An investigation into the President’s Club Charitable Trust follows reports of the behaviour alleged to have taken place in January of this year. Our investigation sought to establish whether the President’s Club had appropriate systems in place to commission and monitor fundraising undertaken on its behalf.
We saw no evidence that the charity intentionally ignored the Code. However, we were disappointed to see that the President’s Club and its trustees had little awareness of the expectations around fundraising, namely those outlined in the Code of Fundraising Practice.
We concluded that the charity did not have a process in place to monitor the activities of the third party that organised and staffed the event. This was a breach of the Code.
The Fundraising Regulator has not made specific recommendations in this case because the charity has said it is going to close. We think this case highlights important lessons for other charities, particularly regarding the duties of trustees, which is why we are putting the report into the public domain. We hope this will remind organisations, particularly registered charities, of their obligations and the guidance that is available to them when fundraising.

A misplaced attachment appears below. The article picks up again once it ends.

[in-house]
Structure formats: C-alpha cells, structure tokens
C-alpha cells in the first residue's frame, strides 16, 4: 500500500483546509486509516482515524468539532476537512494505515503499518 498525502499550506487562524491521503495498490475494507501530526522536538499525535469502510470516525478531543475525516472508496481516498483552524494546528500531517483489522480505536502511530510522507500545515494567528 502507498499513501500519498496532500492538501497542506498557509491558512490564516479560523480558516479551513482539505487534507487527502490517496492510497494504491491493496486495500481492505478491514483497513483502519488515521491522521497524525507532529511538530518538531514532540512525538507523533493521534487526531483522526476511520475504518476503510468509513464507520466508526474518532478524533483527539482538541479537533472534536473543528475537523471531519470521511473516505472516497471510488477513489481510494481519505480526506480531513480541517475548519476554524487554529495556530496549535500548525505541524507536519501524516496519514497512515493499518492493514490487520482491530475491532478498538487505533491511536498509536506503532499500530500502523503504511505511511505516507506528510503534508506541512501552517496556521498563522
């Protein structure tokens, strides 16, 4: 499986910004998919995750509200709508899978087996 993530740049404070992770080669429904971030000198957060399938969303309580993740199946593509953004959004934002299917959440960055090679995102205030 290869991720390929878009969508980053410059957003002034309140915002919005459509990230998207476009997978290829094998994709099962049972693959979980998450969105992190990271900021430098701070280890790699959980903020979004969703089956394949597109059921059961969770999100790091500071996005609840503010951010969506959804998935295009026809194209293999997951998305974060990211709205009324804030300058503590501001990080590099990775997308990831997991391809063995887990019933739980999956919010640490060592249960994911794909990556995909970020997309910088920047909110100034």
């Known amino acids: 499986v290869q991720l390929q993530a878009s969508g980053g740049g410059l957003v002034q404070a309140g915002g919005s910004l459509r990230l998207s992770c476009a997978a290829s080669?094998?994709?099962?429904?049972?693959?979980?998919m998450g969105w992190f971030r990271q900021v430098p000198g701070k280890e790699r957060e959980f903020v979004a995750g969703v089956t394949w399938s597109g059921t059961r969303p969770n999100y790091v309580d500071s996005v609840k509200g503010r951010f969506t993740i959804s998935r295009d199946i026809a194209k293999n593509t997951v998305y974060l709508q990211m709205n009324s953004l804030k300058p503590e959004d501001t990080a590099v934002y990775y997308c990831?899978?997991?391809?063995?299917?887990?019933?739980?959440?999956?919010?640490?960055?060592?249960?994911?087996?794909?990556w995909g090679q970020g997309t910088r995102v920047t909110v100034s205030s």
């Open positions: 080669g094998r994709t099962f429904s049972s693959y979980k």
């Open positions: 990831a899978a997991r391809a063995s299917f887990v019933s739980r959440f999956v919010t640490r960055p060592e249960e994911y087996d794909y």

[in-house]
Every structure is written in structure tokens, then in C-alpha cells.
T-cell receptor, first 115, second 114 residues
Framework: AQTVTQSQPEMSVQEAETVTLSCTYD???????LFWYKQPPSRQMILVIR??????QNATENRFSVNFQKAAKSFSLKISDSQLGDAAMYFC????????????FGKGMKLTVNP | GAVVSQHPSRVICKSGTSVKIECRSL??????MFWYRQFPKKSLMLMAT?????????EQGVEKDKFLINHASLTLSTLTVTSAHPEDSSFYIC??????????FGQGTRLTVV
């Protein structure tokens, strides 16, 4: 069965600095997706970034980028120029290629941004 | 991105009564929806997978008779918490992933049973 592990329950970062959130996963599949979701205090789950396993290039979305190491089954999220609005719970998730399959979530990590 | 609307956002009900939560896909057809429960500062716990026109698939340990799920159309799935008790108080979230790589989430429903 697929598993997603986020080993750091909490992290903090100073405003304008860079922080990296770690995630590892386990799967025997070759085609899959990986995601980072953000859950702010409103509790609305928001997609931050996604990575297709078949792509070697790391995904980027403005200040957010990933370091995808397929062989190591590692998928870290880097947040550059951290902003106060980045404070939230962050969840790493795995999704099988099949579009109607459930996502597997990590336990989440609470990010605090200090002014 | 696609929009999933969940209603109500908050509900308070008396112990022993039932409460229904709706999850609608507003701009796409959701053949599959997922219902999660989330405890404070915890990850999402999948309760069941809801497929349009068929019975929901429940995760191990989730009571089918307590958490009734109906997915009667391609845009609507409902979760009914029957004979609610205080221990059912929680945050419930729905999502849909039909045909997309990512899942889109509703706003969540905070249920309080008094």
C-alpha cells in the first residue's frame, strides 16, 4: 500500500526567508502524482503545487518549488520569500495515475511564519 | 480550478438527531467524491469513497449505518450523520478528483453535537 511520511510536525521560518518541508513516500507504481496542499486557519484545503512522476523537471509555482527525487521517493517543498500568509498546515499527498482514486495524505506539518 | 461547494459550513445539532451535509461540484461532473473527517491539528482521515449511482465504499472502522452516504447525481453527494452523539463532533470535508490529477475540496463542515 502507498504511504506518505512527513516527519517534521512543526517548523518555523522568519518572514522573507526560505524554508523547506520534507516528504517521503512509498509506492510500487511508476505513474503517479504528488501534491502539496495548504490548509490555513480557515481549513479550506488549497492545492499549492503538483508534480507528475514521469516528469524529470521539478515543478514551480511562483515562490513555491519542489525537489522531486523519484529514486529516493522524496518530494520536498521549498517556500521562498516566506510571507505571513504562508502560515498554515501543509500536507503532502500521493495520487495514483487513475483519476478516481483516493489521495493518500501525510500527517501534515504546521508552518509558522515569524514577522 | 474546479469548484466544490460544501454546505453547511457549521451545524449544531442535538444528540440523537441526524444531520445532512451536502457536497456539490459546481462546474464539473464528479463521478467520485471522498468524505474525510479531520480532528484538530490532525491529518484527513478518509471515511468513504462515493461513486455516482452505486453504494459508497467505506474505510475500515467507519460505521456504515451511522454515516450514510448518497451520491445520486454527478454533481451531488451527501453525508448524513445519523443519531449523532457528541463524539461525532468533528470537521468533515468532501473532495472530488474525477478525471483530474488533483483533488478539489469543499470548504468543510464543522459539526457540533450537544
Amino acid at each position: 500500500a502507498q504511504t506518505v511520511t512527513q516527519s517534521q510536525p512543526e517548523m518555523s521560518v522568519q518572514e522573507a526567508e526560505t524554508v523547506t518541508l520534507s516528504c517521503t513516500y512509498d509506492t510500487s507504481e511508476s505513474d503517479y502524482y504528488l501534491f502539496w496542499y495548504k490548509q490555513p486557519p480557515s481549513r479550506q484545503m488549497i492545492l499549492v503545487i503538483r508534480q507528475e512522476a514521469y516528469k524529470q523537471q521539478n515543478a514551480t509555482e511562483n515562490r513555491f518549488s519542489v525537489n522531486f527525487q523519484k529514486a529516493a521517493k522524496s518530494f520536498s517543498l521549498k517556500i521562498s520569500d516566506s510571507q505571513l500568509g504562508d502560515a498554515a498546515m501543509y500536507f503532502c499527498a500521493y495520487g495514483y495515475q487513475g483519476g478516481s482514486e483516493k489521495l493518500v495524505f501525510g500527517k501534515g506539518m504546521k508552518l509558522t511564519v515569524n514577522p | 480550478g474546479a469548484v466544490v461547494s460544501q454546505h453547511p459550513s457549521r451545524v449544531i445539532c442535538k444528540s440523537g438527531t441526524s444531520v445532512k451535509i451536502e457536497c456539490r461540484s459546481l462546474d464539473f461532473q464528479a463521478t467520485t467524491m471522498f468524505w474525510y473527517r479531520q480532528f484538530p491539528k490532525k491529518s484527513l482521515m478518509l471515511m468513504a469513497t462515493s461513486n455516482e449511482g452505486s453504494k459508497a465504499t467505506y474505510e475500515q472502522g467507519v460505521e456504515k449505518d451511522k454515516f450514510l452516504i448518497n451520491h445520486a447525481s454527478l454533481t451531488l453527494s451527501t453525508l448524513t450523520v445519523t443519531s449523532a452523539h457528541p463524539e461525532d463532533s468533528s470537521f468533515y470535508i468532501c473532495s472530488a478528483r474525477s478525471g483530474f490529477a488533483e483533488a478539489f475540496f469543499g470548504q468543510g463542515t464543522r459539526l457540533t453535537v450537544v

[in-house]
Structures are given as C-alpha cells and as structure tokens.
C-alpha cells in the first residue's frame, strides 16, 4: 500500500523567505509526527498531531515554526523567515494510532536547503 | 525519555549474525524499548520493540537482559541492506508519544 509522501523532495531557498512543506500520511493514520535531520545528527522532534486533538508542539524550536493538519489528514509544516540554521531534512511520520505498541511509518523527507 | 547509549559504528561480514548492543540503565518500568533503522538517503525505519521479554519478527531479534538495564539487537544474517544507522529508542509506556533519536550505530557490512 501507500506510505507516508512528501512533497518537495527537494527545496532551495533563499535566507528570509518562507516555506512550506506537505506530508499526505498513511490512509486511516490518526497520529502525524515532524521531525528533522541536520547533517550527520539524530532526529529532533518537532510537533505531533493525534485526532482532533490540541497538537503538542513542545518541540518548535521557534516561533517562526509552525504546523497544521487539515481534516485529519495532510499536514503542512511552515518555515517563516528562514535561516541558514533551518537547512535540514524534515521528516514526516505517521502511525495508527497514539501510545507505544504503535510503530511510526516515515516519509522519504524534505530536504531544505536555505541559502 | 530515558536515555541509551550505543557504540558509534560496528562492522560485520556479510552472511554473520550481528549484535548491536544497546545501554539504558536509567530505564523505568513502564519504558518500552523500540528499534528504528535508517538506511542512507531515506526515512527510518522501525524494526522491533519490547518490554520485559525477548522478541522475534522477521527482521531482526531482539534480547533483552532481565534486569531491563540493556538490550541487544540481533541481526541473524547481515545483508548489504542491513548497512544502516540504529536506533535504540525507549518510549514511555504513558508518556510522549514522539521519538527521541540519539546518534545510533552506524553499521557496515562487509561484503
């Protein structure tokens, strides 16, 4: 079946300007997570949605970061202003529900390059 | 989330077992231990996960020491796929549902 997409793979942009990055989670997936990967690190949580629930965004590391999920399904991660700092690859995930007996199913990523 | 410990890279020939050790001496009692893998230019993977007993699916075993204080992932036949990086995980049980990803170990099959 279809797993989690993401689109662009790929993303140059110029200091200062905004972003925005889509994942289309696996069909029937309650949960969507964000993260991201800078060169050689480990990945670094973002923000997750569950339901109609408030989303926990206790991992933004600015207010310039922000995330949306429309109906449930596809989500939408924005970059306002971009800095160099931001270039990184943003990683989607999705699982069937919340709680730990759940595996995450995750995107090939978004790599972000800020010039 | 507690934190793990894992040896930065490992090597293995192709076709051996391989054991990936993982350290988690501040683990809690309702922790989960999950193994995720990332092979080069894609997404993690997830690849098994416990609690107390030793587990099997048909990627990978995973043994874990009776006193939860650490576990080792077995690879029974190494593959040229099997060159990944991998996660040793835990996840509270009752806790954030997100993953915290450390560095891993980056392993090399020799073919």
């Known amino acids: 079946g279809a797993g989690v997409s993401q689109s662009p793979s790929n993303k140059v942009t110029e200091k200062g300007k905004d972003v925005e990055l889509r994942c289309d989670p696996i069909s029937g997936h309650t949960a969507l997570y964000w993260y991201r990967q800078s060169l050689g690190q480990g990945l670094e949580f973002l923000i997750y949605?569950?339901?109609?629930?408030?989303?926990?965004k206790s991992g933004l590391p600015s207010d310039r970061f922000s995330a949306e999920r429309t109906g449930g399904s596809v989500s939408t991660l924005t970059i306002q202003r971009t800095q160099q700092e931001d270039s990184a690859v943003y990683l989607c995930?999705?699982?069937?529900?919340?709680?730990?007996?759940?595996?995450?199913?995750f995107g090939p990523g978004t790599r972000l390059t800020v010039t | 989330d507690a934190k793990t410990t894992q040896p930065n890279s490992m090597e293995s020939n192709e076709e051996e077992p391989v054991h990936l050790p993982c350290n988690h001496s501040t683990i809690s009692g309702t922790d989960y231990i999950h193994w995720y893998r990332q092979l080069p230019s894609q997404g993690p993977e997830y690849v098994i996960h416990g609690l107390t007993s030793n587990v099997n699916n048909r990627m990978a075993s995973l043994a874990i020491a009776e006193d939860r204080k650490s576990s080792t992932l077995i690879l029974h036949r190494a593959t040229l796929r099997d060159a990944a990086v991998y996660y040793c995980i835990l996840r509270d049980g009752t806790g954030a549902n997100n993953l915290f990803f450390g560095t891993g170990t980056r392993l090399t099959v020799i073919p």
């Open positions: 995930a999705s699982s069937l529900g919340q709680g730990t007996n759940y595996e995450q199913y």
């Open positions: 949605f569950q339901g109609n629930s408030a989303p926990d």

Whether charities are large or small trustees have the same obligations to ensure they are aware of their responsibilities and best practice when fundraising. A key lesson from this case is that, even for a charity that holds a single, annual, fundraising event, there is the same necessity to comply with the requirements and best practice set out in the Code.
Gerald Oppenheim, Chief Executive of the Fundraising Regulator, said:
“The public has a right to expect that fundraising is conducted in a clear and transparent manner, meeting the highest ethical standards. This can be blurred when charities commission third parties, however it is the charity’s responsibility to ensure that these parties meet the Code of Fundraising Practice.”